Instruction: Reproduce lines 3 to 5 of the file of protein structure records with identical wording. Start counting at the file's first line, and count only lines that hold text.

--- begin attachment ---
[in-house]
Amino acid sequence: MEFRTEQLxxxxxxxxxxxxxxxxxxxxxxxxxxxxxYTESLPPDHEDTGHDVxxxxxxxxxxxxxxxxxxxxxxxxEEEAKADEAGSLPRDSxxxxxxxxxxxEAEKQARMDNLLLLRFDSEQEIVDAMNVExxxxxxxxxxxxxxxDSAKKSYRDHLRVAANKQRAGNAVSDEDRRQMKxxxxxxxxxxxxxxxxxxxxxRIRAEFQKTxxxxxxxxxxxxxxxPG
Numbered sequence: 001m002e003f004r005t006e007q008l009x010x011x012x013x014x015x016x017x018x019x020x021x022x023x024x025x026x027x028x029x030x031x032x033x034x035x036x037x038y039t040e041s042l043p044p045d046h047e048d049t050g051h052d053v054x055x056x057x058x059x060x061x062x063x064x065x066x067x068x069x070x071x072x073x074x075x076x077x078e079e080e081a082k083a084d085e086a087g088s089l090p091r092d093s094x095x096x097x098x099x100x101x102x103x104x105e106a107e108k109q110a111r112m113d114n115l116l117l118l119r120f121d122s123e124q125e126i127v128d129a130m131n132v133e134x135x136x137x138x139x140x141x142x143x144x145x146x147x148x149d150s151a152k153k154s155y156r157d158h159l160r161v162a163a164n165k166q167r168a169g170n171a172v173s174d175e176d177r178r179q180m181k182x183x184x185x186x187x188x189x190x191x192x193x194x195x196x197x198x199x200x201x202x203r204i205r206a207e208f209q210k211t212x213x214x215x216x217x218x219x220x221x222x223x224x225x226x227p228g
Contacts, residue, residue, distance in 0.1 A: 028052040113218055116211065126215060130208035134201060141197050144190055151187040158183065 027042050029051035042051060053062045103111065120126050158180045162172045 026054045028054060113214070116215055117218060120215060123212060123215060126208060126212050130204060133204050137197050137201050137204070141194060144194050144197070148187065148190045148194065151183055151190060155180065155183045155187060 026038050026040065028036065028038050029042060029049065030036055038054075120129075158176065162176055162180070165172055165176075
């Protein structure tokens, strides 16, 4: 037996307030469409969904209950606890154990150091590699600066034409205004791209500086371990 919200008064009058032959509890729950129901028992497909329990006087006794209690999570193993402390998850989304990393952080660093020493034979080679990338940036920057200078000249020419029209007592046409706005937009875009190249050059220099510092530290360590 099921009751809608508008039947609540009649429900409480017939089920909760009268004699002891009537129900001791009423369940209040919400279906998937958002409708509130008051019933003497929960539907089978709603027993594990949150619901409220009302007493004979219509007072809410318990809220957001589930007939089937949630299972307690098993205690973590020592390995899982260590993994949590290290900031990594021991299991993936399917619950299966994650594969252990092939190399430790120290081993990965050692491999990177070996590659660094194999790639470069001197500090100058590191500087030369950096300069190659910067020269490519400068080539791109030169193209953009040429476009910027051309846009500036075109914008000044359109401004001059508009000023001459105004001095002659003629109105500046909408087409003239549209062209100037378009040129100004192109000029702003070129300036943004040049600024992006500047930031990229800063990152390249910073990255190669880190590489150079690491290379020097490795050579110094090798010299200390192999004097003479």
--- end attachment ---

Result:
Numbered sequence: 001m002e003f004r005t006e007q008l009x010x011x012x013x014x015x016x017x018x019x020x021x022x023x024x025x026x027x028x029x030x031x032x033x034x035x036x037x038y039t040e041s042l043p044p045d046h047e048d049t050g051h052d053v054x055x056x057x058x059x060x061x062x063x064x065x066x067x068x069x070x071x072x073x074x075x076x077x078e079e080e081a082k083a084d085e086a087g088s089l090p091r092d093s094x095x096x097x098x099x100x101x102x103x104x105e106a107e108k109q110a111r112m113d114n115l116l117l118l119r120f121d122s123e124q125e126i127v128d129a130m131n132v133e134x135x136x137x138x139x140x141x142x143x144x145x146x147x148x149d150s151a152k153k154s155y156r157d158h159l160r161v162a163a164n165k166q167r168a169g170n171a172v173s174d175e176d177r178r179q180m181k182x183x184x185x186x187x188x189x190x191x192x193x194x195x196x197x198x199x200x201x202x203r204i205r206a207e208f209q210k211t212x213x214x215x216x217x218x219x220x221x222x223x224x225x226x227p228g
Contacts, residue, residue, distance in 0.1 A: 028052040113218055116211065126215060130208035134201060141197050144190055151187040158183065 027042050029051035042051060053062045103111065120126050158180045162172045 026054045028054060113214070116215055117218060120215060123212060123215060126208060126212050130204060133204050137197050137201050137204070141194060144194050144197070148187065148190045148194065151183055151190060155180065155183045155187060 026038050026040065028036065028038050029042060029049065030036055038054075120129075158176065162176055162180070165172055165176075
């Protein structure tokens, strides 16, 4: 037996307030469409969904209950606890154990150091590699600066034409205004791209500086371990 919200008064009058032959509890729950129901028992497909329990006087006794209690999570193993402390998850989304990393952080660093020493034979080679990338940036920057200078000249020419029209007592046409706005937009875009190249050059220099510092530290360590 099921009751809608508008039947609540009649429900409480017939089920909760009268004699002891009537129900001791009423369940209040919400279906998937958002409708509130008051019933003497929960539907089978709603027993594990949150619901409220009302007493004979219509007072809410318990809220957001589930007939089937949630299972307690098993205690973590020592390995899982260590993994949590290290900031990594021991299991993936399917619950299966994650594969252990092939190399430790120290081993990965050692491999990177070996590659660094194999790639470069001197500090100058590191500087030369950096300069190659910067020269490519400068080539791109030169193209953009040429476009910027051309846009500036075109914008000044359109401004001059508009000023001459105004001095002659003629109105500046909408087409003239549209062209100037378009040129100004192109000029702003070129300036943004040049600024992006500047930031990229800063990152390249910073990255190669880190590489150079690491290379020097490795050579110094090798010299200390192999004097003479």